Lycian rock tombs at Fethiye
, typical of many you'll see around while in Western Lycia.
Western Lycia is the westernmost section of Mediterranean Turkey.
- Beldibi — seaside resort town south of Antalya
- Dalaman — region's airport is located here, as well as an accidentally built train station
- Demre — Lycian town where St Nicholas, better known as Santa Claus, lived
- Fethiye — primary city of the region; surrounded by verdant mountains, Lycian ruins, and turqouise sea; gateway to Ölüdeniz–the Blue Lagoon
- Göcek — yachter's mecca on the tip of a bay with lots of secluded coves and islands, all covered with pine forests
- Kalkan — coastal town with whitewashed Mediterranean architecture
- Kaş — coastal town with some well-preserved traditional architecture
- Kemer — a coastal resort city
- Korkuteli — a town up on the Taurus Mountains
- Marmaris — another relatively big town; a little touristy, but nice resort serving as one of the gateways for "Blue Voyage"
- Butterfly Valley (Faralya) — a deep canyon with sea on one side and some rare butterflies with the only access from the sea or a hard climb down via a narrow path
- Dalyan — miles of channels meandering around marshlands, beach where endangered caretta caretta turtles lay eggs, and nearby rock tombs engraved on hillsides
- Kayaköy — an abandoned village with hundreds of partially ruined houses south of Fethiye
- Kızkumu — a sandbar lying just a few centimetres/inches underwater, enclosing a cove on the shore of Bozburun Peninsula just south of Marmaris
- The ancient Lycian town of Myra, now Demre
- Ölüdeniz — the "Blue Lagoon"
- Olympos — backpacker destination full of wooden tree-houses and rich nightlife
- Xanthos and Letoon — UNESCO World Heritage sites very close to each other, political and religious capitals of ancient Lycia respectively
Rugged and forested, pine-clad mountains in Western Lycia descent right to the coastline heavily indentated with gulfs and coves, making the region top yachting area in the country.
Most towns in the region have some remnants from the ancient Lycian civilization, whether they be sacrophagii, rock tombs, or city ruins.
Politically, Western Lycia forms the southern half of Muğla Province.
Local dialect of Turkish is highly different from the official standard (which is based on Istanbul dialect), and with much of its vocabulary being totally incomprehensible to even non-local Turks, it can even be objectively regarded as a language on its own (some half-jokingly prefer to call it Muğlaca, i.e. "Muğla language", instead of the usual term of Muğla şivesi, i.e. "Muğla dialect"). However, all people in the region, except perhaps older ones living in remote villages, can speak standard Turkish (albeit with a slight accent usually), and, thanks to heavy tourism in the region, if you don't intend to hike between mountain hamlets, English will likely be sufficient to communicate anyway.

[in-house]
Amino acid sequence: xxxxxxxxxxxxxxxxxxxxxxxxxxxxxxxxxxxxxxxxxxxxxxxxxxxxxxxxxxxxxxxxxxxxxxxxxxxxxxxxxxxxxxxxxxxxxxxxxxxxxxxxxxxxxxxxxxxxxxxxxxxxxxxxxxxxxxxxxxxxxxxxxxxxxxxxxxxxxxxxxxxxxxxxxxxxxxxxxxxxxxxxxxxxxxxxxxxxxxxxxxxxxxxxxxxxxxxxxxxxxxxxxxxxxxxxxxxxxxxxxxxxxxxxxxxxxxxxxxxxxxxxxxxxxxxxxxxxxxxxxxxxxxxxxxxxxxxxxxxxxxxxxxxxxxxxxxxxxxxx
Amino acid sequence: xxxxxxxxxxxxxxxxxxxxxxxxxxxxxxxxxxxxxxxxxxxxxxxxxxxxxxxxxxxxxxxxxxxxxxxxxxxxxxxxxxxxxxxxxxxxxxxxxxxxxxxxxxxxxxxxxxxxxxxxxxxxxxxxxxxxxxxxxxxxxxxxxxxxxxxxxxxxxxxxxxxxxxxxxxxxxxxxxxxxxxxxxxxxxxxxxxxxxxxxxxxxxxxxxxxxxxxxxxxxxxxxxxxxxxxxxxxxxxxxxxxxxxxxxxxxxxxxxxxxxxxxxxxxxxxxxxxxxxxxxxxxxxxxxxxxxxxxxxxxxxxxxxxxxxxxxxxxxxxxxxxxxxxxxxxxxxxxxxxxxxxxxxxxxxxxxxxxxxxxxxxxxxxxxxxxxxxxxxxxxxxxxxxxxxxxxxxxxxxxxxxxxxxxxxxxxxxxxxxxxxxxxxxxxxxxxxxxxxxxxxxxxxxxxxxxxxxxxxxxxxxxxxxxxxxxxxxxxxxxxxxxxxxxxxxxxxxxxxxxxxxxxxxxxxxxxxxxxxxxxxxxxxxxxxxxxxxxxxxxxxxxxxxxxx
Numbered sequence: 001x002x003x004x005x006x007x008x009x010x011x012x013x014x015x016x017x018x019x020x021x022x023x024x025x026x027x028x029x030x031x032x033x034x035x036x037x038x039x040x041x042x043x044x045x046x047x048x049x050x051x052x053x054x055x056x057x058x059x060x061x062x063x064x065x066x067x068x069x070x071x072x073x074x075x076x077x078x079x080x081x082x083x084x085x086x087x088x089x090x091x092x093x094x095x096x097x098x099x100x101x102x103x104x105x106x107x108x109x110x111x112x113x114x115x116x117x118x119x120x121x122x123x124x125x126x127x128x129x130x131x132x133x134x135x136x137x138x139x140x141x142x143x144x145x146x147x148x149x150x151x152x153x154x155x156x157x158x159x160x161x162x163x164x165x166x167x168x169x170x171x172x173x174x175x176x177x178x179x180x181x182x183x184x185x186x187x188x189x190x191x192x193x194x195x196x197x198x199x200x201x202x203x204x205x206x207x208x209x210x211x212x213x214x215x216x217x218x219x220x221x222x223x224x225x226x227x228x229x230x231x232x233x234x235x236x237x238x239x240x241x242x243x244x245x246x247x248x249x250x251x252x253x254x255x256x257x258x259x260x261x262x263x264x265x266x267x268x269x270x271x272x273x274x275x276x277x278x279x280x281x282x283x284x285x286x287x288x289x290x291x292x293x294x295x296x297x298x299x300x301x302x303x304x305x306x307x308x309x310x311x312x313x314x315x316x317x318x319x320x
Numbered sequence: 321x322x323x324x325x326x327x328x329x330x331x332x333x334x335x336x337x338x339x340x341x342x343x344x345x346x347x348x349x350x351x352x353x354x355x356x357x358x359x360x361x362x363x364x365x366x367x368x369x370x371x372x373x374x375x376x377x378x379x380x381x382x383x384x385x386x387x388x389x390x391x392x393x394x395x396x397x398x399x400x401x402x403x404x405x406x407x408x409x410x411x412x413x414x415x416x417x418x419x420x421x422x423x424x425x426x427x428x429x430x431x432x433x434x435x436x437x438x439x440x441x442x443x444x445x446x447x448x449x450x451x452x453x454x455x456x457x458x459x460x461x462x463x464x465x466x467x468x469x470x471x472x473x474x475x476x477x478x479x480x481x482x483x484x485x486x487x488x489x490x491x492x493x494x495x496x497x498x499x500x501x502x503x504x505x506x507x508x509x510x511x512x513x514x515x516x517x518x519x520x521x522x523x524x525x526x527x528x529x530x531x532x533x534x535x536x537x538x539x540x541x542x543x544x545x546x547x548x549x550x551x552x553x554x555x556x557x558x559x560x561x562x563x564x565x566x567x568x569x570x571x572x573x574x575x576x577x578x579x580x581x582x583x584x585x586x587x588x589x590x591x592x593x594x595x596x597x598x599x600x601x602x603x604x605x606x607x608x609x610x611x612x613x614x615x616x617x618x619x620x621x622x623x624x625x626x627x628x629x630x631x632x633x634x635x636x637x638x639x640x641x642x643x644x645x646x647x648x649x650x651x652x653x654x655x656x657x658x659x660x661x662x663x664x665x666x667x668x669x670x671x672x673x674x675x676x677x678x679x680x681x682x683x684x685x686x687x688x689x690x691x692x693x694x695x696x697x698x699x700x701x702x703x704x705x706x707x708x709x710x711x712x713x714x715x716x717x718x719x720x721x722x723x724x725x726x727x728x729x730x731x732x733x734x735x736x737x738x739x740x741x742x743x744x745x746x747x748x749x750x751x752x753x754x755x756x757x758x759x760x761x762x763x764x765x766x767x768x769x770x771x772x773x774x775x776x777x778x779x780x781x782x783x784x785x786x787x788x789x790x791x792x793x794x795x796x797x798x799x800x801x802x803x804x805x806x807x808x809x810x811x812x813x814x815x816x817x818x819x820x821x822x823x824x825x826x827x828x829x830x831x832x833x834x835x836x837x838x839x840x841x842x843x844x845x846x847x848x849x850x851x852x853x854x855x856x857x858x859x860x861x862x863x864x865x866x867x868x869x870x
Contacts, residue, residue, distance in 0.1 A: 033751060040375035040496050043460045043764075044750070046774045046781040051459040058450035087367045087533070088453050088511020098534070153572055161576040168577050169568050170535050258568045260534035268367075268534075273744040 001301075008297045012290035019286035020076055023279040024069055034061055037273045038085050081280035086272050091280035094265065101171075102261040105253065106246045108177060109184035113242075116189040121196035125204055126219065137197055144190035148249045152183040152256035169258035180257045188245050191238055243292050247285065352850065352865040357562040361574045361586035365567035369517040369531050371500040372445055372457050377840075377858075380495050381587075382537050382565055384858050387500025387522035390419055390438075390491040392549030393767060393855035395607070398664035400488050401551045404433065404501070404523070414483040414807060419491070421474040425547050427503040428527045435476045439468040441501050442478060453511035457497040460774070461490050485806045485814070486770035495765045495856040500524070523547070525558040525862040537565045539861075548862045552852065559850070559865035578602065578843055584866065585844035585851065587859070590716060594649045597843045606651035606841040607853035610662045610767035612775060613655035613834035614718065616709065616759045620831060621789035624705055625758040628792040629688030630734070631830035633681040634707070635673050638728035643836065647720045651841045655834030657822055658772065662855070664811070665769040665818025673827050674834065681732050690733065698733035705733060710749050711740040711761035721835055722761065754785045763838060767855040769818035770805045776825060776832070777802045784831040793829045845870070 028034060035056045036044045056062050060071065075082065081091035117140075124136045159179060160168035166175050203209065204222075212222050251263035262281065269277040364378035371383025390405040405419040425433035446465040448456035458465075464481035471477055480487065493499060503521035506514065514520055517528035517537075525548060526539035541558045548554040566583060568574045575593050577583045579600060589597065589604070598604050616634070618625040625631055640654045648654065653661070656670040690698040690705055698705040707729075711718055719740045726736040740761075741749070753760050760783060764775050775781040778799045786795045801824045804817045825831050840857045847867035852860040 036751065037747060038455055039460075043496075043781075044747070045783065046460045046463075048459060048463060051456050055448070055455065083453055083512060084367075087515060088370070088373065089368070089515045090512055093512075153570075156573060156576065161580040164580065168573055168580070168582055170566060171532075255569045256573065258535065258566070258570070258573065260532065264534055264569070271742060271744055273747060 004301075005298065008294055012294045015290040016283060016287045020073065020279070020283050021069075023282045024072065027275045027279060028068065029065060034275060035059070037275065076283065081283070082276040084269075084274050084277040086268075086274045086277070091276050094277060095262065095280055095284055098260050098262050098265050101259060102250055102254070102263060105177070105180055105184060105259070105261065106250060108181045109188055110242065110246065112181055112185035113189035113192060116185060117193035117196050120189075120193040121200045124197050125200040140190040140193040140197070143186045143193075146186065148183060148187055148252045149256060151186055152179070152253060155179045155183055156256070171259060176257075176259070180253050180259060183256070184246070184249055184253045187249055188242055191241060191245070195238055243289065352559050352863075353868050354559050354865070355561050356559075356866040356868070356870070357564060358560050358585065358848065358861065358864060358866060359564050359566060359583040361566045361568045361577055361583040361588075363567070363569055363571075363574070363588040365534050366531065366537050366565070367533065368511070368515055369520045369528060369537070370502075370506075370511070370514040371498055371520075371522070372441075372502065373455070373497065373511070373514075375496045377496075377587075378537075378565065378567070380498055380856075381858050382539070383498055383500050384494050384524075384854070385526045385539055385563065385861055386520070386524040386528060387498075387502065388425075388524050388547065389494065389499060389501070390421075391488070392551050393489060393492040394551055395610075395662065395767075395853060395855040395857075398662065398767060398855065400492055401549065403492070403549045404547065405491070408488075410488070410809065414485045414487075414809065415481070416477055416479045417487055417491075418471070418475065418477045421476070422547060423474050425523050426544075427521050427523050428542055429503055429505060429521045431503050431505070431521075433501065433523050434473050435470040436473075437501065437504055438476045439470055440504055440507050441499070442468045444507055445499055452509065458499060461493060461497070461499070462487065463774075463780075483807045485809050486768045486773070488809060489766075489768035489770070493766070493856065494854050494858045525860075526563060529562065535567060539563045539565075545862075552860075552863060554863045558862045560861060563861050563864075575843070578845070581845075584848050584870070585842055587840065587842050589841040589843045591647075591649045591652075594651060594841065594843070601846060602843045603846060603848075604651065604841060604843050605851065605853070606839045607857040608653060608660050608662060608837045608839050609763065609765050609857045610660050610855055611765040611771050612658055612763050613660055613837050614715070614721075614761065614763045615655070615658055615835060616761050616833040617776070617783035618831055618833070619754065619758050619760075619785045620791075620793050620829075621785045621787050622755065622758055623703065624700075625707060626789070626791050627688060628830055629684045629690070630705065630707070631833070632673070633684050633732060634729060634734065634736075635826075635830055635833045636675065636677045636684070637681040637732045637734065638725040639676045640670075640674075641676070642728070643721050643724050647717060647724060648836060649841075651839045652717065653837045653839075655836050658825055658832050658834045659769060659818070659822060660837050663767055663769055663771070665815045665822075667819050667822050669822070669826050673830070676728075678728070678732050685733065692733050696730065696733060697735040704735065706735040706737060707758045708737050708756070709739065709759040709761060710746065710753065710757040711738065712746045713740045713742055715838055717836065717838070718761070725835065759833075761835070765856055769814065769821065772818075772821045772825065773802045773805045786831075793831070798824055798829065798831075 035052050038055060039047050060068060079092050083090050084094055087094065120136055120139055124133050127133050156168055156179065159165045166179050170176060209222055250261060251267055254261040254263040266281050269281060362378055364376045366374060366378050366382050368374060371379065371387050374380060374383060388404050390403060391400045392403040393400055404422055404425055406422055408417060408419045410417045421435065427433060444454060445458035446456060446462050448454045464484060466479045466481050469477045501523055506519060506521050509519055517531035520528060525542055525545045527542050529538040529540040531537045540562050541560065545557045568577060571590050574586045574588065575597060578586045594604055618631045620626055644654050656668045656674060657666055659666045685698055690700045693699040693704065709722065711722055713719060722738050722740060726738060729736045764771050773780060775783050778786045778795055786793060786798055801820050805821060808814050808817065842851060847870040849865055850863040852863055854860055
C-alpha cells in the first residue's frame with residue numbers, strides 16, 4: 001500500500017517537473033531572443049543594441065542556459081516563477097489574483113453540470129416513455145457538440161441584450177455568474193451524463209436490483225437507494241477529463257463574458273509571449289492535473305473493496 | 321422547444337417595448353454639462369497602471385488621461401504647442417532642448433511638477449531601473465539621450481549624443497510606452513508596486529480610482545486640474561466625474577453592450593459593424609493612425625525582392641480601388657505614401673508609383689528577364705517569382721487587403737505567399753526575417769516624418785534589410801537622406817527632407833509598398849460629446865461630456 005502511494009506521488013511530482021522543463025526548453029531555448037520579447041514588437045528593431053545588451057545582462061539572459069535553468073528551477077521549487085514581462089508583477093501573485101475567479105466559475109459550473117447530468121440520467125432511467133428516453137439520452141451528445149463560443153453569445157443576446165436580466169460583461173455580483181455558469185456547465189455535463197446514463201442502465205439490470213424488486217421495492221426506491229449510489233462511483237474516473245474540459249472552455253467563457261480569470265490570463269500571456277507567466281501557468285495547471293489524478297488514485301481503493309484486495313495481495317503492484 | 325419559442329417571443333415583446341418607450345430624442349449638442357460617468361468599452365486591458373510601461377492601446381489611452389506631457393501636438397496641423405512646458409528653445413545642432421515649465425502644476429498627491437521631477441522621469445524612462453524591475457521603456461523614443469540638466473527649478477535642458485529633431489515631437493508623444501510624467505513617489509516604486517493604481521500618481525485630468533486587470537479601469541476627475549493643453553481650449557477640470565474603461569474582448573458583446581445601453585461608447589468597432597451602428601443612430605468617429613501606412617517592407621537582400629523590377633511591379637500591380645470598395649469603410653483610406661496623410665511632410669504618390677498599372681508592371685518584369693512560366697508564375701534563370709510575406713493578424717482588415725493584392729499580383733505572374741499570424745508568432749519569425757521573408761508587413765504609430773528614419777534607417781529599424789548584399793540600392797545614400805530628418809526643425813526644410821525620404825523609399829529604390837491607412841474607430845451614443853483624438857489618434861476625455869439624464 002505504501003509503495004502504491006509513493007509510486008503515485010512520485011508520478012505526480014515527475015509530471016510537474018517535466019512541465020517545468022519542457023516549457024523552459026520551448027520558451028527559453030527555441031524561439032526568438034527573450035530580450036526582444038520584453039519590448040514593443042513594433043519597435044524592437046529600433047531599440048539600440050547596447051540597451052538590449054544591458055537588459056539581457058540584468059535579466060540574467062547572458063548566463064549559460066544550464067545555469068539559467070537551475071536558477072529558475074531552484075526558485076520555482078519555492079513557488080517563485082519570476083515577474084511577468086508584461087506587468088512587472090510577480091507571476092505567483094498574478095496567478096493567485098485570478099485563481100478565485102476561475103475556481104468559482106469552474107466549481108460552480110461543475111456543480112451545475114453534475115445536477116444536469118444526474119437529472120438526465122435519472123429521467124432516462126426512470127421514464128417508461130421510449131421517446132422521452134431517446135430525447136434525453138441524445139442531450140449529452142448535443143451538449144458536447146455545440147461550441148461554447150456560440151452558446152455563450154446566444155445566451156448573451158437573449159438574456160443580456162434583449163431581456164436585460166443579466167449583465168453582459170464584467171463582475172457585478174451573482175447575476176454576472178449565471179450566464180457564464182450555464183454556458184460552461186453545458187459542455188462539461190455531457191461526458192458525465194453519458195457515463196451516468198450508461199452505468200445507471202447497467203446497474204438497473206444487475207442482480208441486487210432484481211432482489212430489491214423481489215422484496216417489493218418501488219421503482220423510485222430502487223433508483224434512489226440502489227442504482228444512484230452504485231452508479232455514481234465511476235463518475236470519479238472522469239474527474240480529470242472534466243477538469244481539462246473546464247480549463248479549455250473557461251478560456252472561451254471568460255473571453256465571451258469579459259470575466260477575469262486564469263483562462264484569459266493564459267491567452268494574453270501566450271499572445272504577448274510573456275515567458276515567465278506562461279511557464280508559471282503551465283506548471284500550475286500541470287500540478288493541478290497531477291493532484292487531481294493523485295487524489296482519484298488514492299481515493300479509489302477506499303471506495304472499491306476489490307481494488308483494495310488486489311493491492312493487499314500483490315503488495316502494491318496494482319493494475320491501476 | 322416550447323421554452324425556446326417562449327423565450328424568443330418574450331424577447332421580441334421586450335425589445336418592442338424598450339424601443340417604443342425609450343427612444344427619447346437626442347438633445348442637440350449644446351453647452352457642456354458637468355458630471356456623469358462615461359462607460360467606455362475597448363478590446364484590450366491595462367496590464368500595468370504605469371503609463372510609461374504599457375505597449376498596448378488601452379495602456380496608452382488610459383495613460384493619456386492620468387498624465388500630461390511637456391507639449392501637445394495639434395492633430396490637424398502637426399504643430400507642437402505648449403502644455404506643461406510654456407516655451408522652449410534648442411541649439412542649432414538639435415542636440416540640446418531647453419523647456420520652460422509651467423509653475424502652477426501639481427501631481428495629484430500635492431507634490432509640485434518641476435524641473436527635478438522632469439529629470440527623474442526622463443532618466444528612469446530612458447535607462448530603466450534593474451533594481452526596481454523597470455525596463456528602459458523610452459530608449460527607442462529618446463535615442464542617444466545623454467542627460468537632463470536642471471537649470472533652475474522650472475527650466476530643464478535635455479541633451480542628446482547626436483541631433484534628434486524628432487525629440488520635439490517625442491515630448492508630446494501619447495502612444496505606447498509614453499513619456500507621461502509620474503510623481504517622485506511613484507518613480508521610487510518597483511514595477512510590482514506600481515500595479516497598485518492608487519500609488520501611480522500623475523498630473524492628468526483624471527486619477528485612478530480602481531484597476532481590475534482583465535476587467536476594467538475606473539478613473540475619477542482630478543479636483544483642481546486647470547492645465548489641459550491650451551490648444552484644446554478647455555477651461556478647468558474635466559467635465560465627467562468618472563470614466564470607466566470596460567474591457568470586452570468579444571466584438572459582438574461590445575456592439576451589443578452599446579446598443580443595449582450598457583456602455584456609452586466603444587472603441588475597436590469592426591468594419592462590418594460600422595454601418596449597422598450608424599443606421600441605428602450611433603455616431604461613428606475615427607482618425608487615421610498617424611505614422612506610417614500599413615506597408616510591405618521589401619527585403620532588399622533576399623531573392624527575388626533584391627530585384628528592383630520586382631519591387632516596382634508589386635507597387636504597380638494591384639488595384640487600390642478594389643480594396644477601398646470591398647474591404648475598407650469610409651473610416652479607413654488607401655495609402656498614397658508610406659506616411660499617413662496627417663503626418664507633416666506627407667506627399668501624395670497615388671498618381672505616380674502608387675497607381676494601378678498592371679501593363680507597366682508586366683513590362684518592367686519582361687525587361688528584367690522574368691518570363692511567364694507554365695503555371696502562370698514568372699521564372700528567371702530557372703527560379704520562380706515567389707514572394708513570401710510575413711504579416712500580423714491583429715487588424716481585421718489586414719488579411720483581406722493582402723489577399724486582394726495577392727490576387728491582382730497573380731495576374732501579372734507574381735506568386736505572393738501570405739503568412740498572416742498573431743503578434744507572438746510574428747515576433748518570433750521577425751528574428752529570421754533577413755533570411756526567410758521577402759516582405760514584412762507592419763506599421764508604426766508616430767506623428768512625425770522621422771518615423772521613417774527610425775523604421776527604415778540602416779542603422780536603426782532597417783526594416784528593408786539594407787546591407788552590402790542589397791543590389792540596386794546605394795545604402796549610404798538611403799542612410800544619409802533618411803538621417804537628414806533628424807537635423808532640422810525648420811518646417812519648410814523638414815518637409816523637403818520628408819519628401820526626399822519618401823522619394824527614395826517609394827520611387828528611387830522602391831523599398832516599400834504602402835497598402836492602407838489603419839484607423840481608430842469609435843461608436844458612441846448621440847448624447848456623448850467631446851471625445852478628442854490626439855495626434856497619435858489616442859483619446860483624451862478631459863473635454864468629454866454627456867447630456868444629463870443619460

Dalaman Airport (IATA: DLM), with its international connections, is the sole airport of the region, conveniently located in the centre of the region
Most towns in the region have direct bus connections to the major cities of the country, such as Istanbul, Izmir, and Ankara.
Highway D400 connects the region with Antalya Province in the east along the Lycian coast, with a connection to D330 in Gökova towards north (Muğla, Kuşadası, Izmir).
There are ferries between some towns in Western Lycia and nearest Greek islands.
Towns in the region are connected to each other with frequent minibus (dolmuş) services.
Hitching from around Olympos is definitely good.
Lycian Way (Turkish: Likya Yolu), a signed hiking route which is a collection of ancient paths and forest trails, starts from south of Fethiye and connects a number of villages in the region, as well as some other towns located east of the region (i.e. in Antalya Province).
- Hiking — Hiking is a great option to get more in touch with the history and nature of the area. There are lots of waymarked hiking trails (most of which does not exceed 10 km in length) with varying levels of hardness in the region, in addition to the grand Lycian Way. One place surrounded by a dense (relatively speaking) marked trail network is Kayaköy.
- Cruising — Lycian coasts are some of the most popular sections along a Blue Cruise.
Free cold water dispensers, or sebils as they are locally known, are abundant in the region, more so than the rest of Mediterranean Turkey.
- Antalya Province occupies eastern half of ancient land of Lycia and has a considerable number of Lycian ruins.